Basil says that we do know God’s greatness, His power, and some of His other “attributes,” “but not His very essence,” in that we can only understand certain “things” of God—that our knowledge of God will always be incomplete, due to our limited capability and capacity (for the finite man cannot comprehend that which is infinite).
He goes on to say that, though we deny to know (to comprehend) the Divine Essence, we can have an incomplete “idea of God,” based on our gathering of the many attributes which we predicate of Him. Basil writes of these ideas that we have about God, that He is Power and Wisdom, saying that they are the “mighty qualities attributed to the essence of God,” (Letter 236).
Though we know certain “attributes” of God, we do not absolutely know His Essence. Basil exposes the absurdities in the Eunomians’ ignorant objection, being that if one claims to know an attribute of God, then this attribute, when being named, can describe the whole of the Divine Essence. He explains how the attributes which we predicate of God are not synonymous with each other, and that we cannot use one name or another, to describe the Divine Essence in Its entirety. And so, when one mentions of these names, he cannot declare the Essence, but he can say and know that God is “awful, or just, or merciful.”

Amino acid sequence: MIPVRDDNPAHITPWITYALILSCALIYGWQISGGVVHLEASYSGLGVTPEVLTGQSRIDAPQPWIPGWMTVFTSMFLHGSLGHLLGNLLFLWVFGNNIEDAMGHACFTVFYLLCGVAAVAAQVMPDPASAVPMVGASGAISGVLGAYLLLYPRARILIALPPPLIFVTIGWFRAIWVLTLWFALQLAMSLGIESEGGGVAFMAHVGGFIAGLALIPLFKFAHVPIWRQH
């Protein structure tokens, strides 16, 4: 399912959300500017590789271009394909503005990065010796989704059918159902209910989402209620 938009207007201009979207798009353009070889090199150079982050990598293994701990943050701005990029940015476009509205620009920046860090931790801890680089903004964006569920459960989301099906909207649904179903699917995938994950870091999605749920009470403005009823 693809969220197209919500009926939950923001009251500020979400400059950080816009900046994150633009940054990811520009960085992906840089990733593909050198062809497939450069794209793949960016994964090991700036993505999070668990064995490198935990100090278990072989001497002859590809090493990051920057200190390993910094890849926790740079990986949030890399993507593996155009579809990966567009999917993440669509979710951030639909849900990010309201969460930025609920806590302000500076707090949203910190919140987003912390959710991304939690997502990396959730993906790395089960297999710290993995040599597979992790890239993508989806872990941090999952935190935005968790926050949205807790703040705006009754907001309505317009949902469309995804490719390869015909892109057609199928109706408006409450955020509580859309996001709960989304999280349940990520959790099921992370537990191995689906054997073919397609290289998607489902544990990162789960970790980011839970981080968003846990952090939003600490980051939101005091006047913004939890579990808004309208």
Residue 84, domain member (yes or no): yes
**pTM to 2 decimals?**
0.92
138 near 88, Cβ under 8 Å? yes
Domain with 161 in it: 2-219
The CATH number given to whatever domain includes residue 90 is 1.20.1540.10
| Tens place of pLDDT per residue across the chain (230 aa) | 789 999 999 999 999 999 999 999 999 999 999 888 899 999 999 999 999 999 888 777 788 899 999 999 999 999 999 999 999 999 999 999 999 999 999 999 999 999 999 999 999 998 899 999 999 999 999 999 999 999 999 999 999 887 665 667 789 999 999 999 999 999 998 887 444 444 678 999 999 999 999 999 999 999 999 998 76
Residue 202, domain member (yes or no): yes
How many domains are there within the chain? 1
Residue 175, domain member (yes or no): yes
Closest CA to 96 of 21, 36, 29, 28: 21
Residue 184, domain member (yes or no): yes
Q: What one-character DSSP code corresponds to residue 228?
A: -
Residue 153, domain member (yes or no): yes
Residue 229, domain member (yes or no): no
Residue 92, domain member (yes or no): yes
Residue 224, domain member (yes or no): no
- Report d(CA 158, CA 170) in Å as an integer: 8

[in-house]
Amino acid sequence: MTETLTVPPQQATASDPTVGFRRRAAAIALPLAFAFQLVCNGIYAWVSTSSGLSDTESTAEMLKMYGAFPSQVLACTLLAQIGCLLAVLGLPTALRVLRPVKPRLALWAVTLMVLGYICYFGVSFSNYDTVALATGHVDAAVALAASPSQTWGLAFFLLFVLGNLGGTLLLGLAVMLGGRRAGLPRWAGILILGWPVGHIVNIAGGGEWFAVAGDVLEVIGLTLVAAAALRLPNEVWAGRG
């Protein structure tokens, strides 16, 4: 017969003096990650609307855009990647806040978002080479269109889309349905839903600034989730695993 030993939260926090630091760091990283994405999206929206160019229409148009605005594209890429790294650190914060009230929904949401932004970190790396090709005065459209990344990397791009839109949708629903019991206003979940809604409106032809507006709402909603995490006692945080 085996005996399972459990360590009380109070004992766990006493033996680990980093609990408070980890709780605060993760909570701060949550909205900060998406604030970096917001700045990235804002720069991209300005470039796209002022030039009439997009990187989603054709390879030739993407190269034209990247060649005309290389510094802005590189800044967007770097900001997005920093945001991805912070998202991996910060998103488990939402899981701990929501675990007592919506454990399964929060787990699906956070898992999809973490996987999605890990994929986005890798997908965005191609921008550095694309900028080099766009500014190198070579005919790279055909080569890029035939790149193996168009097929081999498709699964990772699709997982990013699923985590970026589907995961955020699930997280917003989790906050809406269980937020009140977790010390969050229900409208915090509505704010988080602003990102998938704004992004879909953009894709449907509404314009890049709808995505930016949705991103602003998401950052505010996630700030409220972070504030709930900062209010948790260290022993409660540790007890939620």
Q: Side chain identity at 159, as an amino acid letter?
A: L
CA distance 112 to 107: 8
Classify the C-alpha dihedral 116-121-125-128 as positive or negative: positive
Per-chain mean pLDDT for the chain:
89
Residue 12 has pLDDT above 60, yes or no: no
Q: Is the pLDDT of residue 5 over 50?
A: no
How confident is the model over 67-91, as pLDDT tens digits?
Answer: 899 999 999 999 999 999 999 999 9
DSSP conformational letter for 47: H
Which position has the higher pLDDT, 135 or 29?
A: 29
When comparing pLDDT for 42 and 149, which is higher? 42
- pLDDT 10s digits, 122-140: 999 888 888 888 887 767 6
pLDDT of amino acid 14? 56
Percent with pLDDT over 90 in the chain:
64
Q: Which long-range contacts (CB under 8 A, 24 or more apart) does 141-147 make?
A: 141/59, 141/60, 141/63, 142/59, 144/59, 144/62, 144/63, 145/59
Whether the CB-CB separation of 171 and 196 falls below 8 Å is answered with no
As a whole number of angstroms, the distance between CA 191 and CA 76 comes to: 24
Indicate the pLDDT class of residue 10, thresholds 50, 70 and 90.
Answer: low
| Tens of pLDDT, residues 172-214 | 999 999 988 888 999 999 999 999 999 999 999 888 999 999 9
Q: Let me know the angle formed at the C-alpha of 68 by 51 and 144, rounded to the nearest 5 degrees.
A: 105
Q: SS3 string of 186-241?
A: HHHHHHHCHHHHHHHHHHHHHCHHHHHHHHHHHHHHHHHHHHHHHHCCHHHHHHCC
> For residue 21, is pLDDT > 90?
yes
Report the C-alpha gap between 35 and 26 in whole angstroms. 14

The Eunomians confessed there to be “a distinction between the essence and each one of the attributes enumerated,” but not as St. Basil did. For they believed that the Essence could be fully comprehended, and that the attributes were truly distinct, separate things from it. Basil taught that the attributes were distinct from the Divine Essence, only in so much as that one could not discern fully the Essence of God, by recognizing the finite attributes which we predicate of Him.
God makes Himself known to us, by His various works or “operations” (Basil later defines his use of the word “operation”). And it is by these operations which “come down to us“—that is to say, which are in the earth, which we are witnesses of—that we are able to know Him. Observing His works in the world, we attribute names to Him, like “awful, or just, or merciful,” though, by the use of none are we able to know or describe Him, perfectly and absolutely, for “His essence remains beyond our reach,” and beyond our comprehension. The Divine Essence, being infinite and incomprehensible, cannot be explained by the finite words of men, and neither known by our finite perception—based on our finite observance—but by witnessing His works, we can begin to know the One Who Is.